The visible hand

The visible hand

APRA needs to protect whistleblowers in the CBA inquiry

In the case of CommInsure, the treatment of the Chief Medical Officer, Benjamin Koh, seemed designed to send a message to other bank staff – keep your head down, or else! Dave Hunt/AAP

The Australian Prudential Regulation Authority (APRA) should ensure its inquiry into the governance of the Commonwealth Bank has all the unfettered powers of the prudential regulator to investigate any wrongdoing. This includes protecting whistleblowers.

The terms of reference of this inquiry and the panel of experts are yet to be disclosed.

As part of its responsibilities for considering corporate governance under the Basel rules (international rules regulating banking), APRA should have mostly unrestricted access to banks’ staff, to conduct its investigations:

Supervisors should have processes in place to fully evaluate a bank’s corporate governance. Such evaluations may be conducted through regular reviews of written materials and reports, interviews with board members and bank personnel, examinations, self-assessments by the bank, and other types of on- and off-site monitoring.

So, APRA must ensure that the members of the inquiry team can at least interview not only board members but also, because “culture” is involved, bank staff.

Groundbreaking research by Professors Elizabeth Sheedy and Barbara Griffin from Macquarie University, shows there is often a disjoint between the perceptions of senior management and front line staff on issues of risk and culture. They found senior managers have a much rosier view of how things are actually operating.

This also shows the APRA inquiry team need recognise that just talking to senior management is not enough to see what is actually going wrong in a firm.

Obviously, such wide powers must be exercised with care by the regulator. In particular, APRA must protect the confidentiality of all written and verbal material gathered during an investigation, and importantly, the sources of that information. This implies whistleblowers also need protection as part of APRA’s prudential role.

APRA needs to set out explicitly within the terms of reference of the inquiry that whistleblowers will be protected. Unless CBA staff are actively encouraged to provide information that is relevant not only to the money-laundering scandal but to other governance failures at CBA, the inquiry’s conclusions will lack credibility.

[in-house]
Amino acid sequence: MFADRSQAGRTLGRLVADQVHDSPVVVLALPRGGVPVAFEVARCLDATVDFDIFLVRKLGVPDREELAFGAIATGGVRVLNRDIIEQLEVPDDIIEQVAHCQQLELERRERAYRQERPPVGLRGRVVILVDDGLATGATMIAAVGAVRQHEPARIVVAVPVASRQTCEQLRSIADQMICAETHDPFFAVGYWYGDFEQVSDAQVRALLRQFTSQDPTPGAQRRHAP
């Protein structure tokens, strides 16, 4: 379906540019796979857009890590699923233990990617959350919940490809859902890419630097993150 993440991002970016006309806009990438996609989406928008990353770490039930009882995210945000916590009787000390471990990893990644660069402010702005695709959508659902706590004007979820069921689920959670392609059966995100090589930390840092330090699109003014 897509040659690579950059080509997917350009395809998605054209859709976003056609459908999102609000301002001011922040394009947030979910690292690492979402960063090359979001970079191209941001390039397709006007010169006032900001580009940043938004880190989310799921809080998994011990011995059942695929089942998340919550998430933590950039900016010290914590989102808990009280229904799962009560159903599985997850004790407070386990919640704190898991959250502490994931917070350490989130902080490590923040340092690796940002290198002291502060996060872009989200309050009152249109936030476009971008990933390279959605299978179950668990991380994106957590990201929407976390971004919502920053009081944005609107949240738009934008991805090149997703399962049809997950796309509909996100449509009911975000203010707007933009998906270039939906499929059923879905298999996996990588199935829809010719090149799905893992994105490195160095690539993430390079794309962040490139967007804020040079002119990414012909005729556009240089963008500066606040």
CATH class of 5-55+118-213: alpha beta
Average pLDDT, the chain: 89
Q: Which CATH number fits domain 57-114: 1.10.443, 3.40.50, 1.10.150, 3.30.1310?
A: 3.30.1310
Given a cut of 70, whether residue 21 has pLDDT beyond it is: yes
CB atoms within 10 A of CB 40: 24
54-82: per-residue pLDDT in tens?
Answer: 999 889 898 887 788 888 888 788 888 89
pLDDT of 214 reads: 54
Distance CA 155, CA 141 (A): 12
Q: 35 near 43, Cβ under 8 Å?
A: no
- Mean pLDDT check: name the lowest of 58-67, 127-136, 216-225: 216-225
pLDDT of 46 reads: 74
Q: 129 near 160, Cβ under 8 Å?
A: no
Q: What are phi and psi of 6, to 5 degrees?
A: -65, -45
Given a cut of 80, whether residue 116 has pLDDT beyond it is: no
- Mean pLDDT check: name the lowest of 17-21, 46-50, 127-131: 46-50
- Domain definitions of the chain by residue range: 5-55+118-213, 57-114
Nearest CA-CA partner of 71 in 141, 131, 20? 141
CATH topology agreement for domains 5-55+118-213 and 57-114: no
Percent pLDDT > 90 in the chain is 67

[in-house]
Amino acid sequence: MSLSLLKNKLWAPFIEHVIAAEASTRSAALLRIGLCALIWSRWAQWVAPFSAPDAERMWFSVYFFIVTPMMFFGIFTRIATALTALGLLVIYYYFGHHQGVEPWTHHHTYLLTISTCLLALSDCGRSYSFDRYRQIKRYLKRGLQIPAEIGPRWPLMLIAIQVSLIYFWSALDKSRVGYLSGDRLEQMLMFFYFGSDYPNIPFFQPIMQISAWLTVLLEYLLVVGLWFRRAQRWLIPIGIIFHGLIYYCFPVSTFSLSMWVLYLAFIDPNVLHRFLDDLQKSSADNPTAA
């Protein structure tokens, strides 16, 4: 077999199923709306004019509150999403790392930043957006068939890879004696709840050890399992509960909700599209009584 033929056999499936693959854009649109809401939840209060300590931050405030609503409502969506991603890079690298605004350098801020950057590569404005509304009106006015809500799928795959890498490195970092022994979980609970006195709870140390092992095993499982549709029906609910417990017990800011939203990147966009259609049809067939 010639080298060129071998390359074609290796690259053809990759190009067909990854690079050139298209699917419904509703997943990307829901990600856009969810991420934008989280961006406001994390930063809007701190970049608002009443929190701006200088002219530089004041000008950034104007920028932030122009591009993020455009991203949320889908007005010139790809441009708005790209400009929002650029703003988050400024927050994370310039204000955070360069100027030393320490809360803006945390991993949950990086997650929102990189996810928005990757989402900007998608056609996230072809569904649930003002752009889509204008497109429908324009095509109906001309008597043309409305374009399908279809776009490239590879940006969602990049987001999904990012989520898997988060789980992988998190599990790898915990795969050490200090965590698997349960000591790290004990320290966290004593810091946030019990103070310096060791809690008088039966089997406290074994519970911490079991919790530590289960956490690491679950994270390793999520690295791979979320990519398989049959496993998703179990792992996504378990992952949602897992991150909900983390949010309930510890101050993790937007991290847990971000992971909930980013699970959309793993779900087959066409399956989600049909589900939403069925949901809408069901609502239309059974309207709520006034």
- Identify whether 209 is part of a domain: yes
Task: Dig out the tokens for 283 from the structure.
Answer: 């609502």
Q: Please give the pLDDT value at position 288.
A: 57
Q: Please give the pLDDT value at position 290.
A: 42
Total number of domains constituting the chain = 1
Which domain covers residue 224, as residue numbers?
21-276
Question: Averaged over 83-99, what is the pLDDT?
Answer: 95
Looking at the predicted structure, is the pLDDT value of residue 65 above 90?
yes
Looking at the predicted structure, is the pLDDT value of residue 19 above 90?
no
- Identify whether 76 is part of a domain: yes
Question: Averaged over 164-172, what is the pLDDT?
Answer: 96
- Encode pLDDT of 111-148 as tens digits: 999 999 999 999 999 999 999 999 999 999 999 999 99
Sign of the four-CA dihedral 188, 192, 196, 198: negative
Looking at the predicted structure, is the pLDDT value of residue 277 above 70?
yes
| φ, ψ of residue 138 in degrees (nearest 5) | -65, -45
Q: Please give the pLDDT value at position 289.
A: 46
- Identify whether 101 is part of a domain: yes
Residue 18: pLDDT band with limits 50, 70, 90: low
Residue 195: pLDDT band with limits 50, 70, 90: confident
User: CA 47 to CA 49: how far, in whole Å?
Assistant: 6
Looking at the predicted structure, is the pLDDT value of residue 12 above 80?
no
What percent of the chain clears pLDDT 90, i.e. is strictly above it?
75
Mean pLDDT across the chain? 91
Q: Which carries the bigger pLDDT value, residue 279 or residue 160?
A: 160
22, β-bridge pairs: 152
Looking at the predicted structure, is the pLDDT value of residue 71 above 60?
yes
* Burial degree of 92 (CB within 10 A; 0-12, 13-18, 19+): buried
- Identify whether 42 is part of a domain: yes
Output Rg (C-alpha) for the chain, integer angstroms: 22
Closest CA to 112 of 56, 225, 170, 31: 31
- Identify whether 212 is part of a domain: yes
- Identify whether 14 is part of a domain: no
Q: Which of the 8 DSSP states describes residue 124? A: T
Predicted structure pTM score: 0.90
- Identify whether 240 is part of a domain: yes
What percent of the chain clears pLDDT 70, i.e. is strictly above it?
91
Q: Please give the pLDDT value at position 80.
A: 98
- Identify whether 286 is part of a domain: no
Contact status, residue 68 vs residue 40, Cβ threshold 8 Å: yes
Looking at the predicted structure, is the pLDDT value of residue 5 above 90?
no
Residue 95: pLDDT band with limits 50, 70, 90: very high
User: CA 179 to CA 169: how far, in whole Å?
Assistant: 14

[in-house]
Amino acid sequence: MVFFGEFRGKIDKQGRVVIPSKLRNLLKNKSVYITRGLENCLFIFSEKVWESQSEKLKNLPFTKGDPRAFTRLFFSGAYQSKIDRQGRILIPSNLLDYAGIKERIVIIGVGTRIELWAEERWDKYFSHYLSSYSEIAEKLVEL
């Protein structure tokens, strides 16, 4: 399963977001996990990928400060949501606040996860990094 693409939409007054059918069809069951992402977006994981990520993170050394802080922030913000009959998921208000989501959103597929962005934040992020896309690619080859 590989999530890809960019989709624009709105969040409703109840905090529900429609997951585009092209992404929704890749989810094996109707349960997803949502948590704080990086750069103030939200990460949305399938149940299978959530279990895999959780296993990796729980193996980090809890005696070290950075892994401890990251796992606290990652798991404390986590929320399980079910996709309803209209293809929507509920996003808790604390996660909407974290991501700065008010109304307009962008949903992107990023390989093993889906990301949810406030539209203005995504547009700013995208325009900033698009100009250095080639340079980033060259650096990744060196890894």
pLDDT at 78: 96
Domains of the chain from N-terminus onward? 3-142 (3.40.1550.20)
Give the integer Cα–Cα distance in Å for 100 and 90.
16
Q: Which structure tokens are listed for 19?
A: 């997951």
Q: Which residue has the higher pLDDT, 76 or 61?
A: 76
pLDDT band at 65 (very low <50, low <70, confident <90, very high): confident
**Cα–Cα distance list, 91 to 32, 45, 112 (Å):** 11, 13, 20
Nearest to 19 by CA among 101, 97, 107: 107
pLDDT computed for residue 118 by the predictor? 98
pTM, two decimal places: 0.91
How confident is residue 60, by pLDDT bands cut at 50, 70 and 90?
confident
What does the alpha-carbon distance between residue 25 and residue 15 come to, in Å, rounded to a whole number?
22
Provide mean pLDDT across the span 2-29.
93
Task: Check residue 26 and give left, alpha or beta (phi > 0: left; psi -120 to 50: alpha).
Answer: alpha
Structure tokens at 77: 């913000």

Why is whistleblowing an issue?

Despite their internal policies, CBA does not treat whistleblowers kindly. Like other organisations that exhibit a “groupthink mentality”, the worst crime is not doing something wrong but rather washing the firm’s dirty linen in public.

The treatment of Geoff Morris, who blew the whistle on the CBA financial planning scandal, was meant as a clear message to other CBA staff that dobbing in your mates was not to be tolerated.

And appalling treatment of people was not only restricted to the sick and dying in the case of CommInsure. It also extended to the treatment of the Chief Medical Officer, Benjamin Koh, which seemed designed to send a message to other bank staff – keep your head down, or else!

In the CommInsure case, CBA commissioned an “independent” inquiry by Deloitte into the insurer’s claims processes which “did not identify any systemic issues relating to historically declined claims”. In an object lesson on how to write terms of reference to get the answers you want, the Deloitte inquiry has been criticised by lawyers as being too narrowly defined. This is because that particular inquiry looked only at policies selected by CommInsure and did not talk to any customers affected. Hear no evidence, see no evil.

A later investigation by the conduct regulator, the Australian Securities & Investment Commission (ASIC) “found no evidence to support allegations that CommInsure claims managers applied undue pressure on doctors to change or alter their medical opinions”. But, interestingly, their search for evidence did not consider whistleblowing complaints.

APRA should ensure the terms of reference for the CBA inquiry explicitly state that the inquiry panel will have unrestricted access to all internal complaints to the bank’s Speak-Up whistleblower hotline. They should also have access to the results of any whistleblowing complaints.

In addition, the bank should be required to set up an additional confidential channel for reporting staff concerns on culture and governance to the independent inquiry and APRA.

Without clear support for whistleblowers in the terms of reference for the inquiry into CBA’s (lack of good) corporate governance, the conclusions will inevitably be tainted. APRA needs to do its job itself and head off such criticisms.